The opinion of the court was delivered by: Roszkowski, District Judge.
MEMORANDUM OPINION AND ORDER
Before the court are the motions of defendant, Charles
Parisi, to dismiss the charges against him; to suppress
evidence; for discovery; for notice of the government's
intention regarding the use of evidence at trial; and for a
ruling on the trial held April 6, 1981.
On January 5, 1981, in response to a call received from a
post office official at the United States Postal Service
facility located at 211 South Clark Street, Chicago, eight
officers of the Federal Protective Service ("FPS"), including
officer, Raymond Pawlowski, arrested defendant, Parisi, at
approximately 4:00 p.m. and charged him with violations of 41
C.F.R. §§ 101-20.304 and 101-20.305.
Defendant, and somewhere between ten to sixteen individuals,
were allegedly protesting, handing out literature, picketing,
singing songs, and giving out legal advice inside the Post
The FPS officers asked defendant, and the others, to stop
singing and to leave the premises. The group refused.
Thereafter, the FPS officers issued citations to the group
and requested identification. Upon his refusal to produce
identification, the officers arrested, searched, and then
locked up defendant, Parisi. After being locked up, defendant
then produced identification and received a mandatory citation
charging him with the above violations.
On March 16, 1981, defendant pled not guilty to the charges
against him and challenged the constitutionality of the
The motions now before the court followed.
We consider first defendant's motion to dismiss.
Count I of the citation issued against defendant charges him
with violations of 41 C.F.R. § 101-20.304 ("304"). That
Persons in and on property shall at all times
comply with official signs of a prohibitory,
regulatory, or directory nature and with the
direction of Federal protection officers and
other authorized individuals.
Defendant contends that this regulation is unconstitutional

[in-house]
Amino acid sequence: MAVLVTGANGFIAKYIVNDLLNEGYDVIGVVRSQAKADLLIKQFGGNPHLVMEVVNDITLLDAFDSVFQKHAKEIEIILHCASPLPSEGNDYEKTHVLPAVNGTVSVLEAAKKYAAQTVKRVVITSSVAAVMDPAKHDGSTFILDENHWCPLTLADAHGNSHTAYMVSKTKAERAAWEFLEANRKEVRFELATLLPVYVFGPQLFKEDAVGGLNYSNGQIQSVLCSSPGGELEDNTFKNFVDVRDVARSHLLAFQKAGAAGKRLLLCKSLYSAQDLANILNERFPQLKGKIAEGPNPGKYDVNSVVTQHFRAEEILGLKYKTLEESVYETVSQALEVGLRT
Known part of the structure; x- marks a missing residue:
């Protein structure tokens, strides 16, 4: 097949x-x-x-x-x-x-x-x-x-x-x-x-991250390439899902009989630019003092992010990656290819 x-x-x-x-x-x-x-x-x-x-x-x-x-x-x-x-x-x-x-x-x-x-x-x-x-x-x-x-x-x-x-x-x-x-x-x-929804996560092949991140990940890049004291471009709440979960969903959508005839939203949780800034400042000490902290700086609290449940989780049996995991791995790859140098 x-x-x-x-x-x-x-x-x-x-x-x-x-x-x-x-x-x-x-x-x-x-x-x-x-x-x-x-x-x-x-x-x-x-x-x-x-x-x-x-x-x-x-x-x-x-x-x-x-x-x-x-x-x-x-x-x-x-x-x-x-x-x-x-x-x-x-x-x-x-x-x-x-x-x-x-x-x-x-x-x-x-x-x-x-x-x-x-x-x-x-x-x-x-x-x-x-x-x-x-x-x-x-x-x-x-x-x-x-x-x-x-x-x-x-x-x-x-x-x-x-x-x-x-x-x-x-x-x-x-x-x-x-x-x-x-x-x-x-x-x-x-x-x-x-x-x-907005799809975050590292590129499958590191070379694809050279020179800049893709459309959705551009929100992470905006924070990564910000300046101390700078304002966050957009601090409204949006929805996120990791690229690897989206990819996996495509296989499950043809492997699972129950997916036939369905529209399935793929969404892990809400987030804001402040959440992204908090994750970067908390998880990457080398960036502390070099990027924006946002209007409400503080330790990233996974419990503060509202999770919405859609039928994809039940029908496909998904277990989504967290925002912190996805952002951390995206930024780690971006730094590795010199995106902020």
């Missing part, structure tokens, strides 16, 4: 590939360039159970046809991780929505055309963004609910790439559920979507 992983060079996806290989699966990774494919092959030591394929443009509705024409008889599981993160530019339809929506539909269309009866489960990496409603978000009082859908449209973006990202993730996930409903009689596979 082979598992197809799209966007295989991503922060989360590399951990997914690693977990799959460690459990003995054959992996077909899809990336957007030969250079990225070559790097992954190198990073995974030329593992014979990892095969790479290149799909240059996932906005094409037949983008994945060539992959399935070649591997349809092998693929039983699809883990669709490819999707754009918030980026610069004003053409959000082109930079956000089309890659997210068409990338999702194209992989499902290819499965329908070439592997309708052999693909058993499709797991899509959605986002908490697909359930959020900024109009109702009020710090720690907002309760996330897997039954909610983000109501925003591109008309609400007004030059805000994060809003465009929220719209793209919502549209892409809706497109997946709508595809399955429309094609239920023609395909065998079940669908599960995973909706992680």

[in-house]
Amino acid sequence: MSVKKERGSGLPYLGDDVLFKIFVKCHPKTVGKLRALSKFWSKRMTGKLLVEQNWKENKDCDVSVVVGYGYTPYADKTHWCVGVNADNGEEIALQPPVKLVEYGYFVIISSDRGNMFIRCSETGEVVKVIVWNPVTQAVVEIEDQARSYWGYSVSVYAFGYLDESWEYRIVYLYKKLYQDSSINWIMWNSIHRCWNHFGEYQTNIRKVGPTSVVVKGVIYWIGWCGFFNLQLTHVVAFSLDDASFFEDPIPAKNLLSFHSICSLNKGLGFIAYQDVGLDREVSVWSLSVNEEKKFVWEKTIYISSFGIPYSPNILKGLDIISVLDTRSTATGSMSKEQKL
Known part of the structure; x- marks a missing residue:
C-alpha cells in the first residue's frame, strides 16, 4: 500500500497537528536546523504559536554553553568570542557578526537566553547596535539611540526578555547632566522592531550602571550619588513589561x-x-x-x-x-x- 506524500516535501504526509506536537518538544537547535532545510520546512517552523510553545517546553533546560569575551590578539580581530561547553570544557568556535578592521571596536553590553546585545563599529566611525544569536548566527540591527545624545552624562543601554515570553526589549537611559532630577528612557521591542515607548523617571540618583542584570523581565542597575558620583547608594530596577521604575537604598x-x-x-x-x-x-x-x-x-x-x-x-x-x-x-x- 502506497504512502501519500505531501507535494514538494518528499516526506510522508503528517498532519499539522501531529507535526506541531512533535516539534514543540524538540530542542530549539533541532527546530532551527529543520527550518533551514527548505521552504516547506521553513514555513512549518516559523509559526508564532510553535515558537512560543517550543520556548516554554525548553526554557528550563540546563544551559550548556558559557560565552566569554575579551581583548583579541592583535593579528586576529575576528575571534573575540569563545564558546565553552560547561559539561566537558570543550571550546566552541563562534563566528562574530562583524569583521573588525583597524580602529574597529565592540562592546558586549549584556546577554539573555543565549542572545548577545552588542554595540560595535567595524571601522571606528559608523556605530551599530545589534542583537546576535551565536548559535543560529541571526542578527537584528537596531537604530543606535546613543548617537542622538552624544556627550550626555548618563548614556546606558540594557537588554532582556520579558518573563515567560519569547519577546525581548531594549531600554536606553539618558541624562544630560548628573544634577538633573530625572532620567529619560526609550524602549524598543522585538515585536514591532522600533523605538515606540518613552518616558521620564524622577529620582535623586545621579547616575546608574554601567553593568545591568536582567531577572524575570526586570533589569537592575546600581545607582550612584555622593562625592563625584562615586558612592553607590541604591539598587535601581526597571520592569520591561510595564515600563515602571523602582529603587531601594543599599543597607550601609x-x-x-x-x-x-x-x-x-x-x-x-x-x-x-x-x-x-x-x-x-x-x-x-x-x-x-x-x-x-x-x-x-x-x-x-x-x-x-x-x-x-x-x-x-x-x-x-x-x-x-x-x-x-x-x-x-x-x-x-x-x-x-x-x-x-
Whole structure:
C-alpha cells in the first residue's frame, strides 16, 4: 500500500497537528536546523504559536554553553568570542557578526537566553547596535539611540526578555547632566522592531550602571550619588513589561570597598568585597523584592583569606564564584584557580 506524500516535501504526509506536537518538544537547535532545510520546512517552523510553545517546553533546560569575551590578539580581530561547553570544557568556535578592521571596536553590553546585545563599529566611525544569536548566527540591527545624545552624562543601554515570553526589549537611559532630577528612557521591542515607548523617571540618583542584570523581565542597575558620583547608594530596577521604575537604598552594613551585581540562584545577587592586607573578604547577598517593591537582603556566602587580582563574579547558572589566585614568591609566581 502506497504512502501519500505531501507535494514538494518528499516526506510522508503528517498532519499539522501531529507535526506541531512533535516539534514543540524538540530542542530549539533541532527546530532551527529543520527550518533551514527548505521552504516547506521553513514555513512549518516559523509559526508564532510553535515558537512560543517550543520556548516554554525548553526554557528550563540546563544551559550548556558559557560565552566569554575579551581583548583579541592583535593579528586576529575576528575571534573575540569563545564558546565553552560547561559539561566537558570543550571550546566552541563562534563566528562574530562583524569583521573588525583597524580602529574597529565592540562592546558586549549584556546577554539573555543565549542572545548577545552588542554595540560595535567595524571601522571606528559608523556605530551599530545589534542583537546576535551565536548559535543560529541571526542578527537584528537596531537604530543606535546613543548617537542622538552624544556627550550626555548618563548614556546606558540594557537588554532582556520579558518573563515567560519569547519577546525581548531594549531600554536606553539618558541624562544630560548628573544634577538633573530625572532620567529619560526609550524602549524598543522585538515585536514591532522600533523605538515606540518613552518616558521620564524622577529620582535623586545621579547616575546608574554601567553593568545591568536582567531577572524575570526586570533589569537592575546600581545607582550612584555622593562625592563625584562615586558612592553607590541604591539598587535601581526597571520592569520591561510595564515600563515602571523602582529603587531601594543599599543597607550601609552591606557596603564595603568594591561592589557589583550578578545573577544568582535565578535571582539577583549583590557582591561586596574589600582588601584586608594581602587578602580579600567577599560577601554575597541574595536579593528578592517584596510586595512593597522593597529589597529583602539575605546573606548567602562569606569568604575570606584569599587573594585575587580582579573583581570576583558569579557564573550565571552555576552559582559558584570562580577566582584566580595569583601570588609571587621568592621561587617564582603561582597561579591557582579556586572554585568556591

on its face in that it "does not adequately notify a person of
ordinary intelligence as to what specific conduct is
proscribed;" and, therefore, the regulation is vague and
overbroad. Defendant also challenges the regulation on the
grounds that it gives the Federal Protective Service and
"other authorized individuals" unfettered discretion to
exercise police powers because no standards are provided to
govern the exercise of discretion.
The government disagrees.
Count II charges defendant with violations of
41 C.F.R. § 101-20.305 ("305"). That regulation provides,
Any unwarranted loitering, disorderly conduct, or
other conduct on property which creates loud or
unusual noise or a nuisance which unreasonably
obstructs the usual use of entrances, foyers,
lobbies, corridors, offices, elevators,
stairways, or parking lots, which otherwise
impedes or disrupts the performance of official
duties by Government employees, or which prevents
the general public from obtaining the
administrative services provided on the property
in a timely manner, is prohibited.
Defendant challenges this regulation on the grounds that it
is unconstitutionally vague and overbroad on its face because
it does not give a reasonable person notice of what conduct is
proscribed and gives unfettered discretion to the authorities
enforcing this regulation to curb lawful, First Amendment,
The government disagrees.
We consider first defendant's motion to suppress all oral
statements obtained by the government subsequent to charging
him with violations of §§ 304 and 305, and during the officers
interrogation of defendant at the Marshal's lock-up, on the
grounds that the officers did not advise defendant of his Fifth
Amendment Miranda rights.
The government has stated that it has no intention of using
such statements in its case in chief, but it does seek to
reserve the right to use any such statements in rebuttal
pursuant to Harris v. New York, 401 U.S. 222, 91 S.Ct. 643, 28
L.Ed.2d 1 (1971). In Harris, the Supreme Court held that,
Miranda barred the prosecution from making its case
with statements of an accused made while in custody
prior to having or effectively waiving counsel. It
does not follow from Miranda that evidence
inadmissible against an accused in the
prosecution's case in chief is barred for all
purposes, provided of course that
the trustworthiness of the evidence satisfies
Harris, 401 U.S. at 224, 91 S.Ct. at 645; See also, Walder v.
U.S., 347 U.S. 62, 65, 74 S.Ct. 354, 356, 98 L.Ed. 503 (1954).
More recently, the Supreme Court reaffirmed the
Harris holding stating:
Similarly, in Harris v. New York [citation omitted]
and Oregon v. Hass, 420 U.S. 714 [95 S.Ct. 1215, 43
L.Ed.2d 570] (1975), statements taken in violation
of Miranda, and unusable by the prosecution
as part of its own case, were held admissable to
impeach statements made by the defendant in the
course of his direct testimony. Harris also made
clear that the permitted impeachment by ...